A documentary about youth in the child welfare system, created by former youth in care, will premiere to a sold-out audience at a prominent Toronto theatre.
The Youth In Care Project will screen on Nov. 16 at the TIFF Bell Lightbox on King Street. The film sold out in less than a month, with more than 350 tickets sold.
“The success in ticket sales exemplifies the excitement behind such a necessary conversation that youth and service members have long waited for,” said Jessica Osolky, a cast member of the film and the PR Communications Manager for Project Outsiders.
The Youth In Care Project is a documentary film produced by a non-profit organization called Project Outsiders.
What is Project Outsiders?
Project Outsiders is a non-profit organization that uses all its platforms (YouTube, Facebook, Instagram and X) to share and spread awareness about of the child-welfare and foster-care system through lived experiences. The organization’s members created a podcast and video prior to producing the documentary.
Osolky said the organization aims to be “the tool that helps the youth be their own heroes,” by building capacity, autonomy and leadership in the youth it engages with.
Chanice McAnuff, founder of Project Outsiders and executive producer of the documentary, started the organization to create change within the child-welfare system.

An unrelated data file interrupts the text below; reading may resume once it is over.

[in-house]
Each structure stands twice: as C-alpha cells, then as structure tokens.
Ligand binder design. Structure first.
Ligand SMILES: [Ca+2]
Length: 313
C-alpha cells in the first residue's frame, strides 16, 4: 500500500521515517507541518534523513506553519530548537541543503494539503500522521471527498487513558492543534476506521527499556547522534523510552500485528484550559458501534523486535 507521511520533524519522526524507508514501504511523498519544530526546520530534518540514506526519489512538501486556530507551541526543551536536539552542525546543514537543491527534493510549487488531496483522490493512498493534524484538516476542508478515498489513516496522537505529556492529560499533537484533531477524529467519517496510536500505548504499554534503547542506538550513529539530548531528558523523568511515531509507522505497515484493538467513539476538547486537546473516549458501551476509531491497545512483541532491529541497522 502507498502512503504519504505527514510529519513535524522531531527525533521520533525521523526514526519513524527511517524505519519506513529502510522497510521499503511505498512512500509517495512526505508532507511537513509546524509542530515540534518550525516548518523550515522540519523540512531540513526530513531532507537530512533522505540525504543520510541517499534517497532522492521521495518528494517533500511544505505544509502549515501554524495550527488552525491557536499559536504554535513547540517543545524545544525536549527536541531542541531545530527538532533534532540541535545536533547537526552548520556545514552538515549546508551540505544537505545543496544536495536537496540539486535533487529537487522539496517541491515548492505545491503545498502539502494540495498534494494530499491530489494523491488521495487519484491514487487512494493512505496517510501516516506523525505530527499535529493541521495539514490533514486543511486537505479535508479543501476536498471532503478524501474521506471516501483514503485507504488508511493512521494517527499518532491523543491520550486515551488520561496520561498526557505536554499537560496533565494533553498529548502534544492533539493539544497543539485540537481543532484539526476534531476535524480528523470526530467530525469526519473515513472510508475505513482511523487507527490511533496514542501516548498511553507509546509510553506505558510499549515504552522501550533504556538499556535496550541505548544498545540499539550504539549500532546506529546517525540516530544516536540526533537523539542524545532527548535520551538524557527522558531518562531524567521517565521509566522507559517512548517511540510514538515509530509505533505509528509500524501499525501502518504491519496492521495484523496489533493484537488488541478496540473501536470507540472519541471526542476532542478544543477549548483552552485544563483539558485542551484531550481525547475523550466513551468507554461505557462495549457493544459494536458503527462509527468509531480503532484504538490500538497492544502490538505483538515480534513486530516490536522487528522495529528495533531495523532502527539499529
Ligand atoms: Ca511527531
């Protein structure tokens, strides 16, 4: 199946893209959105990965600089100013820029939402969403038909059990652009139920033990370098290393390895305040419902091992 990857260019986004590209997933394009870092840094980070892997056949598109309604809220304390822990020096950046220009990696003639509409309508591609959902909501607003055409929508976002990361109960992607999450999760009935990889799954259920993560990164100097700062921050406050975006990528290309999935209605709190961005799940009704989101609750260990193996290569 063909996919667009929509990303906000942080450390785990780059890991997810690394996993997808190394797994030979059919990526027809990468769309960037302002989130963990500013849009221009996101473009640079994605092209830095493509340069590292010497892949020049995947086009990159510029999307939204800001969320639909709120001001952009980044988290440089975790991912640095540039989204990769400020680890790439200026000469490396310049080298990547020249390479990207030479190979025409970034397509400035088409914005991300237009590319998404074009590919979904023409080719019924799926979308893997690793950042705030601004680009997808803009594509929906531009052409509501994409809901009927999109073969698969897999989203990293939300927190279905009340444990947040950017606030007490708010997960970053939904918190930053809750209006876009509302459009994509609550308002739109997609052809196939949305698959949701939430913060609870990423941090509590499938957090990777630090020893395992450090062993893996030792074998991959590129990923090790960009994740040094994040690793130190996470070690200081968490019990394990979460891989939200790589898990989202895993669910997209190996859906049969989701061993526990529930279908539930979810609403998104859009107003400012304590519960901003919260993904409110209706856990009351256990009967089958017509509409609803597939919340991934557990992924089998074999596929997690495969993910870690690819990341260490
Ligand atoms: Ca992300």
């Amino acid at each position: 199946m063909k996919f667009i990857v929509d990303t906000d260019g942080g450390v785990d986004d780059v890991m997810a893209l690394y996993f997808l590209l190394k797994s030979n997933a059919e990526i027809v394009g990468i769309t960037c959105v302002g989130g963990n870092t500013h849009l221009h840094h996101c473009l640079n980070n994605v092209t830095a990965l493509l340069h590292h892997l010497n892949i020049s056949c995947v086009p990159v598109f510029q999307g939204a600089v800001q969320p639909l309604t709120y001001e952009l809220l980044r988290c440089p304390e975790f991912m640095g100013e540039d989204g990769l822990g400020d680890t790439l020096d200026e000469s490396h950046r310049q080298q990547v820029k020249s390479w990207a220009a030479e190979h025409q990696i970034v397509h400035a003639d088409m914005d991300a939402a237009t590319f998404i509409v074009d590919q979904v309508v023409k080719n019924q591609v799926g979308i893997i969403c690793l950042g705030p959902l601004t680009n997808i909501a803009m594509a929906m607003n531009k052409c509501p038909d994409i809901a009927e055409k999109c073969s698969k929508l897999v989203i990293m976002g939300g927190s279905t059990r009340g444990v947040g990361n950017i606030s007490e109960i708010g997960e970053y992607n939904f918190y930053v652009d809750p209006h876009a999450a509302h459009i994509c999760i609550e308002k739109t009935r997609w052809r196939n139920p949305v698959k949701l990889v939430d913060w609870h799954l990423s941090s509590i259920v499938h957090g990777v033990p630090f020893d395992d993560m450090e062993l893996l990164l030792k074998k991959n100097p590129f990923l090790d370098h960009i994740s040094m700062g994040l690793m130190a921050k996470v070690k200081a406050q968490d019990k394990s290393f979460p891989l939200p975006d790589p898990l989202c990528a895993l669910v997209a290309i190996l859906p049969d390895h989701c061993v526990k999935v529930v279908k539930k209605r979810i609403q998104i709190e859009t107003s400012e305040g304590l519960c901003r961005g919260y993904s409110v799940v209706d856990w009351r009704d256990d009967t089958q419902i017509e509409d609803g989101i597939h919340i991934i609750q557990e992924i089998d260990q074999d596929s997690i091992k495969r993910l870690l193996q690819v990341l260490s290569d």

McAnuff grew up in foster care, and saw a “growing gap” between the young people and decision makers.
Former social worker, Sherisse Edwards, said there is a side to foster care that is “broken, with red tape and outdated policies.” She said the system needs to “keep up with the changing times and look at all factors.”
“Factors to consider are race, religion, sexuality, cultural background and more,” she says. “The youth are impressionable and will often mimic what they see and hear, the system is built for success, but still needs to develop alongside the world.”
‘The Youth In Care Project’
The Youth In Care Project film centres four different people who share common experiences within the Canadian child-welfare system. It will emphasize the triumphs, goals and journeys of its subjects throughout the film.
McAnuff said she wants the documentary to “illuminate the experiences of young people in care.”
She said that throughout the process of filming, which took a year to complete, “it has been both challenging and rewarding.
“We had to face many ethical and philosophical questions surrounding what was the right thing to do at various points throughout the process of making the documentary.”
Compassion, collaboration and unification
McAnuff said it was a challenge finding a balance of authentic expression through personal experience and saying too much, where the viewer would no longer listen because it would be uncomfortable.
But in the end, she said the film’s goal is to make a statement and take a risk to ‘hopefully make a difference.”
Osolky said the film is a crucial moment for the youth and service providers as it shows the importance of compassion, collaboration and unification.
The Nov. 16 ‘The Youth In Care Project’ screening at TIFF Bell Lightbox has increased the theatre capacity by 200 people. General Admission tickets are still available on their website.